You read a lot about companies branding themselves, but what if you are your own brand? Consultants, speakers, coaches and self-employed professionals need to market themselves as a brand, just like any other type of business.
The Importance of Expertise
The single best way to work on your brand is to show that you’re an expert in your field. You do this in many ways:
- Write blog posts on your industry
- Participate in social media
- Answer questions on sites like Focus and Quora
- Leave comments on industry blogs
- Guest post on other blogs in your field
- Speak at conferences
- Write whitepapers, artiles, eBooks and books
As you can see, there’s practically no end to the ways you can establish yourself as an expert. Start with just one of the bullets. Maybe start with creating a blog. Write about what you know, and what you want to know. Research other blogs and websites to get insights and statistics. Build up your readership and show people you’re passionate about what you do. Before long, people will come to you as the go-to person in your field. But you’ve got to work at it.
While of course, you want lots of clients, your first goal in branding yourself is to simply provide value. Be unselfish and give lots of free advice. I sell a few eBooks, and sometimes when I’m emailing back and forth with a potential client, I’ll send them a copy for free, just to help them solve a problem. They don’t always end up being clients, but at least I can feel like I’ve armed them with information they can use.
When on social media, work to provide useful Tweets and status updates. Share posts from your and other blogs. Ask questions. Respond to questions. Give people a reason to want to follow you and interact with you.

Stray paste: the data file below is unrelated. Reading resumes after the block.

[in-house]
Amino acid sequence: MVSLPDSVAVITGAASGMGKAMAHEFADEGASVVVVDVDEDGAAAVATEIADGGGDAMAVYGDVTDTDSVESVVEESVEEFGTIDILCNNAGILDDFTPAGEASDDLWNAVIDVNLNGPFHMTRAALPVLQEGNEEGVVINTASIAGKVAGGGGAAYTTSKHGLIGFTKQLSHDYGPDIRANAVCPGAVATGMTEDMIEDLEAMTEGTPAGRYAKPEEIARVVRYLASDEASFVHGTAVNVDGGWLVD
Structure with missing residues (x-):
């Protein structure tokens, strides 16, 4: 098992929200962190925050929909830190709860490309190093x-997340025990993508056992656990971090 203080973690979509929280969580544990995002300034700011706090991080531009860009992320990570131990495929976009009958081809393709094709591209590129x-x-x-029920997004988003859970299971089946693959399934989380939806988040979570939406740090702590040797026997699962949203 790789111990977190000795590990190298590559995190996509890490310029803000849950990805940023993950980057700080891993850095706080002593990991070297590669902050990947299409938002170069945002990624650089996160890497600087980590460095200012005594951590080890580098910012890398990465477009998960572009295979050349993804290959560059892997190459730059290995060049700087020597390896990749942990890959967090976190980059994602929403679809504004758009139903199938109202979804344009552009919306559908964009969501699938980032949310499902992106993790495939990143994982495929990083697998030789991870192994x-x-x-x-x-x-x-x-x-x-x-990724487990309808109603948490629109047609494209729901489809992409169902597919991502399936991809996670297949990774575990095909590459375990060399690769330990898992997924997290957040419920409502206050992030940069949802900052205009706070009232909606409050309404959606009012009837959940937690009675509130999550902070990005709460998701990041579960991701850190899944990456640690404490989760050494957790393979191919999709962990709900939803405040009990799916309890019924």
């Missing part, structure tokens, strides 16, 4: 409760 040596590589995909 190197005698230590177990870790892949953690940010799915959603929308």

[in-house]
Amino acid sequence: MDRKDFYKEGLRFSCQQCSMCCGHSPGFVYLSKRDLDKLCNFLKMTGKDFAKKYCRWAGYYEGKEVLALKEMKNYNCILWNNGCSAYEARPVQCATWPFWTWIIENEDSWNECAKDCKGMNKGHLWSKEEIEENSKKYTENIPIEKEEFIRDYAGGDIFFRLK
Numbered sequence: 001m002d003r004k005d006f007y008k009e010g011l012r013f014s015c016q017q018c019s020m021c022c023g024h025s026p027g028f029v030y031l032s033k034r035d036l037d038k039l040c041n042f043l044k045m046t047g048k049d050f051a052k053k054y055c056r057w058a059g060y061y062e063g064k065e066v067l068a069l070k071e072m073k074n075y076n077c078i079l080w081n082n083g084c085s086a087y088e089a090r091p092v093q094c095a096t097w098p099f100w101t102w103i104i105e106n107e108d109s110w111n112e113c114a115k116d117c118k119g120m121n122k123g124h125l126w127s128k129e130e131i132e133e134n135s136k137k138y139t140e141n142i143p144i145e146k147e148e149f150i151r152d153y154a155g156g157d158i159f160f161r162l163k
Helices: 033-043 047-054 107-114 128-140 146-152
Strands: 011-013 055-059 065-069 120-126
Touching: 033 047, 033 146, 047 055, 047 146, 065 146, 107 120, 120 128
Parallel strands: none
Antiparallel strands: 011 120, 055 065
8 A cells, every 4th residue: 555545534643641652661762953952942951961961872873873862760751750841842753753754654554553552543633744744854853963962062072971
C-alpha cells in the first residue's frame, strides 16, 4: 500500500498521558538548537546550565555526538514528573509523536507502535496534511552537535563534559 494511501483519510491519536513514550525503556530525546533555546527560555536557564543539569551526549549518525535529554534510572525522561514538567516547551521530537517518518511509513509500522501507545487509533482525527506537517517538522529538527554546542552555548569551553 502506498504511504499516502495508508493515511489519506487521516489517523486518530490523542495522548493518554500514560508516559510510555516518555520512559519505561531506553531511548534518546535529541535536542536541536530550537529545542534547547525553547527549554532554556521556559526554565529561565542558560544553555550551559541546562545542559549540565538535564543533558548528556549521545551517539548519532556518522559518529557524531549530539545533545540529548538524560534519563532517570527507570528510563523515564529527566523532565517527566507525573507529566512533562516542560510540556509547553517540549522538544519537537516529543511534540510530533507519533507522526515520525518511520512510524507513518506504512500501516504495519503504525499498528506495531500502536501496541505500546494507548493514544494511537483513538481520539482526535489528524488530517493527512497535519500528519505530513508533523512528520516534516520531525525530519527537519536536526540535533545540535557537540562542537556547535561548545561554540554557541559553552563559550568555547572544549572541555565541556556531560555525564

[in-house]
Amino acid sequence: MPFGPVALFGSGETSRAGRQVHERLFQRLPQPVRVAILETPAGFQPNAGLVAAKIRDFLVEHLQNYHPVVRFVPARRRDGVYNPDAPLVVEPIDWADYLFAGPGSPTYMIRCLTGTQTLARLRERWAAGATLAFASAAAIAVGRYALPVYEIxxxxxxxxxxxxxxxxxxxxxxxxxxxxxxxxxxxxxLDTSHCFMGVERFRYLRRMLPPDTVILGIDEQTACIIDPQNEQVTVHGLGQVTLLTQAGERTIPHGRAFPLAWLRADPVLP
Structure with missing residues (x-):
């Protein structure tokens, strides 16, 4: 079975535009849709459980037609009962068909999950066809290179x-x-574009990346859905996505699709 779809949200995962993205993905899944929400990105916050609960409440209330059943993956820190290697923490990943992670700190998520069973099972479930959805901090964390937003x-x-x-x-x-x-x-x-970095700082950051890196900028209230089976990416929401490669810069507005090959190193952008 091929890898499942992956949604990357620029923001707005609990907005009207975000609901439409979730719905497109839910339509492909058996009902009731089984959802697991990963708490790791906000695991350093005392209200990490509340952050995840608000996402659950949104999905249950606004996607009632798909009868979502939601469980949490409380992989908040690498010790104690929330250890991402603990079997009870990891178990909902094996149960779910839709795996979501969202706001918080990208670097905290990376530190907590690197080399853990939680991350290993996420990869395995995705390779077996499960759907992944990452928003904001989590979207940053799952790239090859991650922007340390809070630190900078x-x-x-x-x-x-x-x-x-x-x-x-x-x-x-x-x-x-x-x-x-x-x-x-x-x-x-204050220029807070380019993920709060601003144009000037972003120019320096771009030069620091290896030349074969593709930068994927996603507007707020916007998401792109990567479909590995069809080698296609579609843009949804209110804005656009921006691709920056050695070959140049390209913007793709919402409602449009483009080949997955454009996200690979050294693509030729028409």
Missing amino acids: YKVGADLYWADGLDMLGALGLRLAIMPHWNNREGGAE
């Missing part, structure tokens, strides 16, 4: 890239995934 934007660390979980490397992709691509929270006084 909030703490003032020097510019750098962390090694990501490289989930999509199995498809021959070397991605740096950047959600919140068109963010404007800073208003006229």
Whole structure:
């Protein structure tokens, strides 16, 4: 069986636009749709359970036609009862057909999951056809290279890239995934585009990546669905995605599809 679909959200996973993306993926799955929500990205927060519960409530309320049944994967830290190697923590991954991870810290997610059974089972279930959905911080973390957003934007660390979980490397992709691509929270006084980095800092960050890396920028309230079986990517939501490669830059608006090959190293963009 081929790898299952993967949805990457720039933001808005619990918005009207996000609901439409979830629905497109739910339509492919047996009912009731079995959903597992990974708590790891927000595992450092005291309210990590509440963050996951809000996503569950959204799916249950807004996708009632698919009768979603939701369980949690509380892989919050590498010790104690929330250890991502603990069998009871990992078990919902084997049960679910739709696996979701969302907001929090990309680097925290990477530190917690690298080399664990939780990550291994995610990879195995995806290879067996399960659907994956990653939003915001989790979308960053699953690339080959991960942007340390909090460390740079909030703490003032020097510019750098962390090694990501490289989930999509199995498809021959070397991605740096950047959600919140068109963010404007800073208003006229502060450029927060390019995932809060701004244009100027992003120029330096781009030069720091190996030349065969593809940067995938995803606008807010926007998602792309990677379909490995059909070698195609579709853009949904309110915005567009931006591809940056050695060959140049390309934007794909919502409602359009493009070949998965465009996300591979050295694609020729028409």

Related Resources from B2C
» Free Webcast: Blogging in the Age of Modern Marketers
Make Your Name Your Brand
It’s a good idea to do everything online under your name, rather than a nickname or business name. I established my Twitter account under @eggmarketing, which in retrospect, may have been a mistake, as people don’t necessarily associate my name with my Twitter profile. Your name is your brand, especially if you are a consultant doing business under your name.
Avoid all those cutesy college nicknames and use your name or initials and last name every time you create an account somewhere. This helps in Google search as well as name recognition.
I know that with the sheer number of social networks, blogs, forums and other member-driven websites it can be daunting to know where you really should be, but my advice? Be in as many places as you can manage.
Set up profiles on Facebook and Twitter. Set up a professional Page on Facebook. Join sites like LinkedIn, Quora and Focus, where you can answer questions in your industry. Participate in industry forums and chats. Guest post on other sites. The more places you penetrate, the more recognizable your name will be as your brand.
But just having a profile isn’t enough. You’ve got to actually be there. If you’ve signed up to more sites than you can possibly participate in, scale back to the ones that get you the best response. You can always experiment and shift as public interest in one site beats out that of another (a la MySpace).
Never Stop Working
The thing they don’t tell you when you decide you want to consult is that you never reach this pinnacle where you’ve ultimately marketed yourself to stardom. Take even a short break, and you’ll tumble back down with the other no-names, and the process will begin again.
Constantly market yourself. Always find new ways to position your brand.